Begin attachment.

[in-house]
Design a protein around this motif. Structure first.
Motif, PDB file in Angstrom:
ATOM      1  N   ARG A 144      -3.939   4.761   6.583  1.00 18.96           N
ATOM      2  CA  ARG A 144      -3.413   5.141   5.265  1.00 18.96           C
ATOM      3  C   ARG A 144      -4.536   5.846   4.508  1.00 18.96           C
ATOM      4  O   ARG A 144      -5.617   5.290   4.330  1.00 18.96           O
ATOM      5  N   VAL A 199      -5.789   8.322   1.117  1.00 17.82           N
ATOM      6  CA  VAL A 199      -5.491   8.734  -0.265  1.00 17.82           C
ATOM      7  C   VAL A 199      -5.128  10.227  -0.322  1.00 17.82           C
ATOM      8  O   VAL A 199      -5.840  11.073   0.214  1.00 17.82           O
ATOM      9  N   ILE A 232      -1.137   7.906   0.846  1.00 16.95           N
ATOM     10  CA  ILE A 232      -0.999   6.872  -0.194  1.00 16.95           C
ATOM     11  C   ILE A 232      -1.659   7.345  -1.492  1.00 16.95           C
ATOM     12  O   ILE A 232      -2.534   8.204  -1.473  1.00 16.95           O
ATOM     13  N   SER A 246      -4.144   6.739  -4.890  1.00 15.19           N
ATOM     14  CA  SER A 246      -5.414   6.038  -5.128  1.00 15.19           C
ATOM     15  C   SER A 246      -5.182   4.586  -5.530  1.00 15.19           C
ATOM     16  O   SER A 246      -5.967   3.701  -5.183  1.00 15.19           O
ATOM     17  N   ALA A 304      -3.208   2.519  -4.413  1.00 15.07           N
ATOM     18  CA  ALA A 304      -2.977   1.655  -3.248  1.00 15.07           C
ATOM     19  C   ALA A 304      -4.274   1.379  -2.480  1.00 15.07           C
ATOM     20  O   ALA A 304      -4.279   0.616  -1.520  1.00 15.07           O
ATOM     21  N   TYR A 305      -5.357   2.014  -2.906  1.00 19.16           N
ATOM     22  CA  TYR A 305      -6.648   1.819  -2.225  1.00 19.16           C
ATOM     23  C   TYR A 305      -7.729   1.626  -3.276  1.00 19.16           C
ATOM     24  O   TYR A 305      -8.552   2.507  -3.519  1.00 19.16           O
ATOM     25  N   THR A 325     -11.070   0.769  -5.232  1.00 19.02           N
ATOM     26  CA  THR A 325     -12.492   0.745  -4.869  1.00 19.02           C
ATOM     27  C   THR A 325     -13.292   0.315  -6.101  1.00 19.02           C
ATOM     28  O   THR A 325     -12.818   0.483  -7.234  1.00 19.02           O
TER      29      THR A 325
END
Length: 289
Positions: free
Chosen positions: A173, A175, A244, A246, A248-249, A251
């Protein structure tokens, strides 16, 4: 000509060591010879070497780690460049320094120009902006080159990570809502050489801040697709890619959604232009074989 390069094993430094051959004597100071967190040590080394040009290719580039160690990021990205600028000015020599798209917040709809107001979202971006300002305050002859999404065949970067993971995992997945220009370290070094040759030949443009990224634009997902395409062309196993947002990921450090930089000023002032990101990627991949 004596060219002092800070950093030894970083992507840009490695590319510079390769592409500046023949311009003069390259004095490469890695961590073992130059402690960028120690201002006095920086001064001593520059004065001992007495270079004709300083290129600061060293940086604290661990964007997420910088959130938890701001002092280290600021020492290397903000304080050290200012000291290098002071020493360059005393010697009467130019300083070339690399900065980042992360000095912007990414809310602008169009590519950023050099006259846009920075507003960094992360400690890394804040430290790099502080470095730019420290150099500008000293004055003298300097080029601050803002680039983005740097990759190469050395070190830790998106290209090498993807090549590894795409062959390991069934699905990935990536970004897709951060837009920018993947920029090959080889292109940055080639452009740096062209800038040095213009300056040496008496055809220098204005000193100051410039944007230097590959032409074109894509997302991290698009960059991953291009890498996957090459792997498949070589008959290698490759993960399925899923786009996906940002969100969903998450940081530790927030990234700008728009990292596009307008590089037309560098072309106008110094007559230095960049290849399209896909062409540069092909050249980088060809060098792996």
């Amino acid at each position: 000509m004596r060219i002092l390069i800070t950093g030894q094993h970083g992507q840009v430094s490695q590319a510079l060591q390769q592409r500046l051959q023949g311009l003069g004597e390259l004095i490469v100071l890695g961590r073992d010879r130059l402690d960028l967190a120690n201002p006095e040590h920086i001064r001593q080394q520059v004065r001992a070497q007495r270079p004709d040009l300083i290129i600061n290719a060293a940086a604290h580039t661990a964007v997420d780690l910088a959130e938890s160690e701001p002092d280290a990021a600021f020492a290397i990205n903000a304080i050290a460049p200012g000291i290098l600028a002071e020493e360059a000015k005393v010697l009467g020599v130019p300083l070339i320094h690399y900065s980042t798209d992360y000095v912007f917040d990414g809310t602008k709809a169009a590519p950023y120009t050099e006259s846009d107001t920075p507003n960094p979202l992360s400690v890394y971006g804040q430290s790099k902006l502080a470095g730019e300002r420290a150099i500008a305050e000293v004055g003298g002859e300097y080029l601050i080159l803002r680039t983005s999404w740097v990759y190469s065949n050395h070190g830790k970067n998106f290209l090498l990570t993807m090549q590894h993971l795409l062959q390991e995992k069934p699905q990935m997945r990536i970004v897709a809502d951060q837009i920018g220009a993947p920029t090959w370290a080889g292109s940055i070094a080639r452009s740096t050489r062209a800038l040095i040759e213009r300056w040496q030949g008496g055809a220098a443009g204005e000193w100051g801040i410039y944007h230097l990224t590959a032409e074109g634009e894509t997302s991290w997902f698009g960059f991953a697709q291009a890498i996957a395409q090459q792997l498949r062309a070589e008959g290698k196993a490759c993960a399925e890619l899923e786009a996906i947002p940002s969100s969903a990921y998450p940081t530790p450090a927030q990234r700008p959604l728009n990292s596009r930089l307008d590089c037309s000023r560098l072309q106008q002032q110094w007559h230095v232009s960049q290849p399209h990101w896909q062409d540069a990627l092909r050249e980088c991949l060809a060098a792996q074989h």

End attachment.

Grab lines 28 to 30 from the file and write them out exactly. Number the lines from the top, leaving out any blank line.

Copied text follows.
ATOM     25  N   THR A 325     -11.070   0.769  -5.232  1.00 19.02           N
ATOM     26  CA  THR A 325     -12.492   0.745  -4.869  1.00 19.02           C
ATOM     27  C   THR A 325     -13.292   0.315  -6.101  1.00 19.02           C